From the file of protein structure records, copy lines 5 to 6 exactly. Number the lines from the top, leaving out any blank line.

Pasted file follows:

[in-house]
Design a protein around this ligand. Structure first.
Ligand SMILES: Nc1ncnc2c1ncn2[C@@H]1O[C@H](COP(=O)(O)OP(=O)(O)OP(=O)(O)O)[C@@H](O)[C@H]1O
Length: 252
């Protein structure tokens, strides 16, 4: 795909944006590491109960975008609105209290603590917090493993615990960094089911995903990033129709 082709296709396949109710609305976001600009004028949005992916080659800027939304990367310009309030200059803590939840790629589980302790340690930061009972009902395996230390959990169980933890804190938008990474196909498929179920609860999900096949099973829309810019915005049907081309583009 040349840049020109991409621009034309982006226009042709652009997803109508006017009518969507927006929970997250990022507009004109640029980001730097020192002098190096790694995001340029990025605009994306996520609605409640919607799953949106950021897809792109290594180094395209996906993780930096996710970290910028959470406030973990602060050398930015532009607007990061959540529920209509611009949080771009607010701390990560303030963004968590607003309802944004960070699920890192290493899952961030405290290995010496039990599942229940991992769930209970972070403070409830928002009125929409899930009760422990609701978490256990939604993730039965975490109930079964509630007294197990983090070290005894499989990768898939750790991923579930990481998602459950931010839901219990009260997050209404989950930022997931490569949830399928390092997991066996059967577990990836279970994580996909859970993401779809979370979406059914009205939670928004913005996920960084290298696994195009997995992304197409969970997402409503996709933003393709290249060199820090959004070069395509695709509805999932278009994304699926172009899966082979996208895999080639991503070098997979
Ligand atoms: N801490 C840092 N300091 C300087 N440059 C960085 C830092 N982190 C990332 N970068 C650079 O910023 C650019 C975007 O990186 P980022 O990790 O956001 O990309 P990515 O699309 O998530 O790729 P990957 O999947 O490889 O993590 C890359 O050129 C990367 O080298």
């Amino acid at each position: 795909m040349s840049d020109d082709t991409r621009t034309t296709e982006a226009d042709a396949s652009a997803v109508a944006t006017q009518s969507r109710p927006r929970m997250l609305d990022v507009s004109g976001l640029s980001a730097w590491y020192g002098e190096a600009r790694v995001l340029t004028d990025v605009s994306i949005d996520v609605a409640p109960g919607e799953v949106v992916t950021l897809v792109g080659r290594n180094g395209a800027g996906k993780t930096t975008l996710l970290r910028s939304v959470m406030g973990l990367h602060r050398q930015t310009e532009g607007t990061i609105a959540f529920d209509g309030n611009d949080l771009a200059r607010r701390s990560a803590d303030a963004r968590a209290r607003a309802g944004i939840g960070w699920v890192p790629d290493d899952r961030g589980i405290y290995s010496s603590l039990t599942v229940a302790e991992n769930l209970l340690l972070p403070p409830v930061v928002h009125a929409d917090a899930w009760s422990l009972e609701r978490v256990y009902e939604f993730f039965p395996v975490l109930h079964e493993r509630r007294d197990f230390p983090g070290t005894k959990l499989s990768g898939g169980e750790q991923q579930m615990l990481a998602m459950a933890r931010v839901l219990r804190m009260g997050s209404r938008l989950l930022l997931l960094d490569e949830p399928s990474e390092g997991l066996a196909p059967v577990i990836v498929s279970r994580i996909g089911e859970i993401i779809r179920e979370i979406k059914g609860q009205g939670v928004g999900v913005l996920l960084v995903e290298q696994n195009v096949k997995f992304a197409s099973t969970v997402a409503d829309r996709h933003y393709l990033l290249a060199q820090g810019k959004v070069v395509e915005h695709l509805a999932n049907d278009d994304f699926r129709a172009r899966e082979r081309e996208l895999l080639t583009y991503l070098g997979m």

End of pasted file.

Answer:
């Protein structure tokens, strides 16, 4: 795909944006590491109960975008609105209290603590917090493993615990960094089911995903990033129709 082709296709396949109710609305976001600009004028949005992916080659800027939304990367310009309030200059803590939840790629589980302790340690930061009972009902395996230390959990169980933890804190938008990474196909498929179920609860999900096949099973829309810019915005049907081309583009 040349840049020109991409621009034309982006226009042709652009997803109508006017009518969507927006929970997250990022507009004109640029980001730097020192002098190096790694995001340029990025605009994306996520609605409640919607799953949106950021897809792109290594180094395209996906993780930096996710970290910028959470406030973990602060050398930015532009607007990061959540529920209509611009949080771009607010701390990560303030963004968590607003309802944004960070699920890192290493899952961030405290290995010496039990599942229940991992769930209970972070403070409830928002009125929409899930009760422990609701978490256990939604993730039965975490109930079964509630007294197990983090070290005894499989990768898939750790991923579930990481998602459950931010839901219990009260997050209404989950930022997931490569949830399928390092997991066996059967577990990836279970994580996909859970993401779809979370979406059914009205939670928004913005996920960084290298696994195009997995992304197409969970997402409503996709933003393709290249060199820090959004070069395509695709509805999932278009994304699926172009899966082979996208895999080639991503070098997979
Ligand atoms: N801490 C840092 N300091 C300087 N440059 C960085 C830092 N982190 C990332 N970068 C650079 O910023 C650019 C975007 O990186 P980022 O990790 O956001 O990309 P990515 O699309 O998530 O790729 P990957 O999947 O490889 O993590 C890359 O050129 C990367 O080298």